USA's Quirky 'Psych' Returns Tonight to Bolster Cable TV's Case Against Broadcast Fare
The USA Network’s longest-running current original series is back. Season six of the crime mystery/comedy “Psych” returns tonight at 10 p.m. EST after a two month mid-season break. And I’m here to recruit a few more Psychos.
“Psych” is not your average detective series. As a child, Shawn Spencer (James Roday) developed incredible observational and deduction skills and instincts that were honed with the help of his Santa Barbara police officer father, Henry (Corbin Bernsen). Most episodes begin with a flashback to Shawn’s childhood, showing Henry testing his skills or imparting some wisdom which will come into play later.
After years of Shawn calling in helpful crime tips to the Santa Barbara police, Head Detective Carlton Lassiter (Timothy Omundson) becomes suspicious of Shawn’s knowledge of those crimes. Lassiter suspects such accurate information can only come from someone involved in
perpetrating the crimes.
In order to avoid being sent to jail himself, Shawn decides to try to convince Police Chief Karen Vick (Kirsten Nelson) that his knowledge comes not from being a criminal but from his amazing, yet fake, psychic abilities. Chief Vick, impressed but unsure, agrees to hire Shawn as a psychic consultant after helping solve a murder.
With the help of lifelong friend Burton “Gus” Guster (Dulé Hill), Shawn opens the Psych detective agency. Their main client is the Santa Barbara Police Department, where they assist Detective Lassiter and his partner Juliet O’Hara (Maggie Lawson) in solving murders. Lassiter
remains suspicious of Shawn’s abilities, Chief Vick is indifferent since it helps solve crimes and O’Hara is a believer.
The only two people who know the truth about Shawn are Henry and Gus. Though retired as a police officer, Henry now works as a consultant liaison between the department and the Psych agency. In this role, Henry is able to keep an eye on Shawn and help protect his secret.
The comedy is driven by the interaction between Roday and Hill. They are completely natural in their delivery and one could easily believe that they have been friends since childhood. Hill plays the straight man to Roday’s dry delivery perfectly.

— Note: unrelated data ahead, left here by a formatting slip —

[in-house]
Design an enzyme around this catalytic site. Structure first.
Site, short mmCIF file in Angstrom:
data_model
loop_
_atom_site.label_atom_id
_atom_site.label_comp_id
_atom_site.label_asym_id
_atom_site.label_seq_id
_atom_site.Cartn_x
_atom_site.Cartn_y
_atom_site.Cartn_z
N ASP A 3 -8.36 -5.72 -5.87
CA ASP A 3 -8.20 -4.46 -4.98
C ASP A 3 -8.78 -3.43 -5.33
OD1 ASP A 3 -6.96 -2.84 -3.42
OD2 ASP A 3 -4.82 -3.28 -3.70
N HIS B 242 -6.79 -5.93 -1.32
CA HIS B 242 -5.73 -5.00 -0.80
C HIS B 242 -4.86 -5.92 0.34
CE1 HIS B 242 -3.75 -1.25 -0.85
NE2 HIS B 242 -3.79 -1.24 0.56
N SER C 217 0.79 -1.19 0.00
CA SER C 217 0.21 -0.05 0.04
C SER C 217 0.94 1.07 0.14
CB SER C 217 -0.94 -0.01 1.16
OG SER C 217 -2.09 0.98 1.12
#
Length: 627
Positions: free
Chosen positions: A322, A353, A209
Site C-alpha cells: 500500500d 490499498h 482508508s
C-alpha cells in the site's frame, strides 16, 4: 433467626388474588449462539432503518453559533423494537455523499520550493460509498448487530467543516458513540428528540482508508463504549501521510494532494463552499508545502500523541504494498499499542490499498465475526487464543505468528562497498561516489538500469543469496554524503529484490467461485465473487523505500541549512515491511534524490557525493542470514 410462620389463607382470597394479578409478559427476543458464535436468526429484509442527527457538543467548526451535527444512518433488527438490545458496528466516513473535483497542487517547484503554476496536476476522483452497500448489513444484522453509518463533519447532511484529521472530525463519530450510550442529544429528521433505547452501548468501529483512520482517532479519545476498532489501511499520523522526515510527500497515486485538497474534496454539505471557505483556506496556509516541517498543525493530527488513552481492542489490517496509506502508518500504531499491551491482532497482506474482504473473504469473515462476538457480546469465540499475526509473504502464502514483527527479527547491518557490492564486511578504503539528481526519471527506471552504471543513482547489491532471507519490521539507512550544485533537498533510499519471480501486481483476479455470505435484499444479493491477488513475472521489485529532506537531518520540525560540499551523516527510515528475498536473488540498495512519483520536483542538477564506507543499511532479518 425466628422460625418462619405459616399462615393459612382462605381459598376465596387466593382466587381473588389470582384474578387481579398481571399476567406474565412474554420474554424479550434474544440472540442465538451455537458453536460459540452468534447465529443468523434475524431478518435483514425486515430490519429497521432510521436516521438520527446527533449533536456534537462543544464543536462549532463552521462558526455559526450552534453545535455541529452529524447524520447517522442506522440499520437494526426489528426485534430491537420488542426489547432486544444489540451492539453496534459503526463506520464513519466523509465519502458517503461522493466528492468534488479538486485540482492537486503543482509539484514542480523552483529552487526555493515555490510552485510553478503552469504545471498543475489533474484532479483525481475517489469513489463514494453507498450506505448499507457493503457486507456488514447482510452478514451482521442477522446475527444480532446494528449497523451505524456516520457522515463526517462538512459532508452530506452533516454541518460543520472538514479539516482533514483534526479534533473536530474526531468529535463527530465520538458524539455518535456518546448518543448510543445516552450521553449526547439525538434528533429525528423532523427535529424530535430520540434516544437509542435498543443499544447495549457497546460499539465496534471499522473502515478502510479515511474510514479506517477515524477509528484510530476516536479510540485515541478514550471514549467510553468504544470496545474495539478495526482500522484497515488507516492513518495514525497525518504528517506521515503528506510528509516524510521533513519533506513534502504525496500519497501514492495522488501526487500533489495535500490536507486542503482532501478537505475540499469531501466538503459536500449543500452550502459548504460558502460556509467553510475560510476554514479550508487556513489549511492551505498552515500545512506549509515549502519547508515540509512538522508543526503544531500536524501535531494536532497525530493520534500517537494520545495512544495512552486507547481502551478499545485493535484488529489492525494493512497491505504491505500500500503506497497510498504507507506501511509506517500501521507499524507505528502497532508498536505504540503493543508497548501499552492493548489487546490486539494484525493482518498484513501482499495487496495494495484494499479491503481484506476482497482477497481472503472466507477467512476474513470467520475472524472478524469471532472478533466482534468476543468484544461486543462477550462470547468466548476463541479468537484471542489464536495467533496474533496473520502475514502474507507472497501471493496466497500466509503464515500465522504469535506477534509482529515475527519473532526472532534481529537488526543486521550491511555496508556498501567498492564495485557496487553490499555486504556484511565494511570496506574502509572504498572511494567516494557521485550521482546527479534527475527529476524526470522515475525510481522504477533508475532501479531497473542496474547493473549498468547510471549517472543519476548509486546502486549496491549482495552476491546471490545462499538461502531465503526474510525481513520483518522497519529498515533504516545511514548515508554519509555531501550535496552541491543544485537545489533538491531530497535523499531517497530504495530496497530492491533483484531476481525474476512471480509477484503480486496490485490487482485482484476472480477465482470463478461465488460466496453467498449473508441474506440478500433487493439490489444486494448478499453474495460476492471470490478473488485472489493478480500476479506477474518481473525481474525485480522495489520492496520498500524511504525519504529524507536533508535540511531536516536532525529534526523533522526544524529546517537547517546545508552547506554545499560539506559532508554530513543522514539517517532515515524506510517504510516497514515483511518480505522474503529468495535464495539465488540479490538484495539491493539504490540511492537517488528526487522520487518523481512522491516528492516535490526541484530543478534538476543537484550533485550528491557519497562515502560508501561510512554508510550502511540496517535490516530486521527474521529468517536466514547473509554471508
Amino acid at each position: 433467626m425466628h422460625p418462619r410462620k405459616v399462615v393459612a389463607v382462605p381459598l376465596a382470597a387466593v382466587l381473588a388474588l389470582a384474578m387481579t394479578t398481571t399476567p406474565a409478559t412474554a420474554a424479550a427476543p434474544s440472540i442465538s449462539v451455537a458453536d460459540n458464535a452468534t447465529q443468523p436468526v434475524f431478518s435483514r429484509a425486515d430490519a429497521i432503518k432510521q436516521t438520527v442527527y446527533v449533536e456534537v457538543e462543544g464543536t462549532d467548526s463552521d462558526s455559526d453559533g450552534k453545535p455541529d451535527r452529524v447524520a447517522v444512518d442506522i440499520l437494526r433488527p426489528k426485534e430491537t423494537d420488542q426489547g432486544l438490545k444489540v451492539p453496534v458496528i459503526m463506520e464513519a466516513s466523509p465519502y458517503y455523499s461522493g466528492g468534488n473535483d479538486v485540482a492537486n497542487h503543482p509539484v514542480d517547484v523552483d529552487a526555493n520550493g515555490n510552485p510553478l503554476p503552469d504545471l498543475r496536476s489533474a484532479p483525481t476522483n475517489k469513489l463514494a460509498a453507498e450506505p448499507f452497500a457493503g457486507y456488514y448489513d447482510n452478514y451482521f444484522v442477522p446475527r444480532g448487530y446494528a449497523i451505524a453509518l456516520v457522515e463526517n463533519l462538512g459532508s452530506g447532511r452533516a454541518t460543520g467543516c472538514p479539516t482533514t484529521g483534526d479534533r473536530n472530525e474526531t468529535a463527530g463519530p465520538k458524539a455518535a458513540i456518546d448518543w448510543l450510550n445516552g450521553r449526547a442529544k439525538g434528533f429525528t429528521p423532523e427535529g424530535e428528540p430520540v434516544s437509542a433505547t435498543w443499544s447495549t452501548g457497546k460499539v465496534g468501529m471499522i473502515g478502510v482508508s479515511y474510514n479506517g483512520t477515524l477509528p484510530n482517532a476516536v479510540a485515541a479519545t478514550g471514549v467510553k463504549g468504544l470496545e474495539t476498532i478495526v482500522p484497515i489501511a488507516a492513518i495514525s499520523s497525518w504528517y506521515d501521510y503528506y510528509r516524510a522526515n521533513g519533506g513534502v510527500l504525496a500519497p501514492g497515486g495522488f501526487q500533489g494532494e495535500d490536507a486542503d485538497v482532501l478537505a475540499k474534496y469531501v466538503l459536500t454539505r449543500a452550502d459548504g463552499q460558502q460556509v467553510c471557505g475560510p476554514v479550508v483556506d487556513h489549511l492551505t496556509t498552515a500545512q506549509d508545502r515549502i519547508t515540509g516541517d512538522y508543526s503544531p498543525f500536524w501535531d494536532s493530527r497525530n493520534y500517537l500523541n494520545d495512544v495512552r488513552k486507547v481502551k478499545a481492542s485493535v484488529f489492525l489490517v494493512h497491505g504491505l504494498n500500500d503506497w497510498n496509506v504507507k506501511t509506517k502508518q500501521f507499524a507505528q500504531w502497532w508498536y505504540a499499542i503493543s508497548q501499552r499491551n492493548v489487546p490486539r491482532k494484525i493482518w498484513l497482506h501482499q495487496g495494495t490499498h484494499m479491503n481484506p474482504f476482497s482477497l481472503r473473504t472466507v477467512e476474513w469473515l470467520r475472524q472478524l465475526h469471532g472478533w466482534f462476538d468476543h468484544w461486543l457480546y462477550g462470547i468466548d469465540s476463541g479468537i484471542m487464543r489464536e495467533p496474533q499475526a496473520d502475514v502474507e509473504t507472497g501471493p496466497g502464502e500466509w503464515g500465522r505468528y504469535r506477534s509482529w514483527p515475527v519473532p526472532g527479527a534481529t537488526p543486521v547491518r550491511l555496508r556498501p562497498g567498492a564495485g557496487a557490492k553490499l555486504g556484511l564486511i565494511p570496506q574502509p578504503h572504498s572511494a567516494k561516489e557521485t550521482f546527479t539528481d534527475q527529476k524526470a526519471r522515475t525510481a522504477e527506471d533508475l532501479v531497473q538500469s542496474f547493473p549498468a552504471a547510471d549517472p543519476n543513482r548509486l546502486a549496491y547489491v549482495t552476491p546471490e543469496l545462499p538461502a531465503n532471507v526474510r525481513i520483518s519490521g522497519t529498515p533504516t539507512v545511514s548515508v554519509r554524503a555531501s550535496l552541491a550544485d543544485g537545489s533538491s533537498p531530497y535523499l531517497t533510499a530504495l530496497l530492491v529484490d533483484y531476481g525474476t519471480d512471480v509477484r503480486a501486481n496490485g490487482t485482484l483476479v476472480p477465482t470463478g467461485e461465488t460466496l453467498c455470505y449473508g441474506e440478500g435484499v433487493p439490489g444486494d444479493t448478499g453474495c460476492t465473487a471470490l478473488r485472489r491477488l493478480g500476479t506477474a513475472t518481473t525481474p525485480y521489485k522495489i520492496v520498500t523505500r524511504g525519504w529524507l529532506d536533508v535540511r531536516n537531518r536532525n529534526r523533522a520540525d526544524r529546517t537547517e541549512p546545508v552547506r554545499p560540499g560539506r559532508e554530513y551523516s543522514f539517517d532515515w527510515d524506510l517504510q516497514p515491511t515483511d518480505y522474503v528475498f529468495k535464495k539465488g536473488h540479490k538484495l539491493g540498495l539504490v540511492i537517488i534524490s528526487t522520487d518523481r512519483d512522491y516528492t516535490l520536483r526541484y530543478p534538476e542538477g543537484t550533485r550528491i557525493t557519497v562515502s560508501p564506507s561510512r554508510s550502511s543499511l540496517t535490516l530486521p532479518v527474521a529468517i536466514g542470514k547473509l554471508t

The show has evolved over the years in several good ways. Early on, when Shawn was experiencing a “psychic vision,” his mannerisms were a bit over the top. In recent seasons he has become a bit more subtle, using the less obvious finger to the temple technique.
The interaction between Shawn and Lassiter has also gotten better. In the beginning, Lassiter was simply antagonistic toward Shawn. The interplay has become more light-hearted in recent seasons, which makes great use of Omundson’s brilliant comedic timing.
The romance angle remains a question. Shawn had always pined for Juliet while they both dated other people. They are now dating, a storyline which has a tendency to become stale and ruin shows. Time will tell how this will play out.
Gus brings the comedy to the romance angle. A self-described “player,” his skills with the ladies leave a lot to be desired. It’s entertaining to watch Gus score with such lines as “Your silhouette should be on a mud flap.”
Each season of “Psych” has its fair share of guest stars. The first half of this season included appearances from Malcolm McDowell, Tony Hale, Diedrich Bader and William Shatner. Still to come in the second half are Wayne Brady, French Stewart, Cheech Marin and the return of Cary
USA Network continues to prove that that some of the best television series are not found on the big four networks. “Psych,” recently picked up for a seventh season, is one of the best examples of this trend.
If you’re looking for a funny, entertaining show free of political messaging, I highly recommend you give “Psych” a chance. If you’re interested in catching up, reruns of previous seasons are aired on several networks each week, including ion Television and cloo.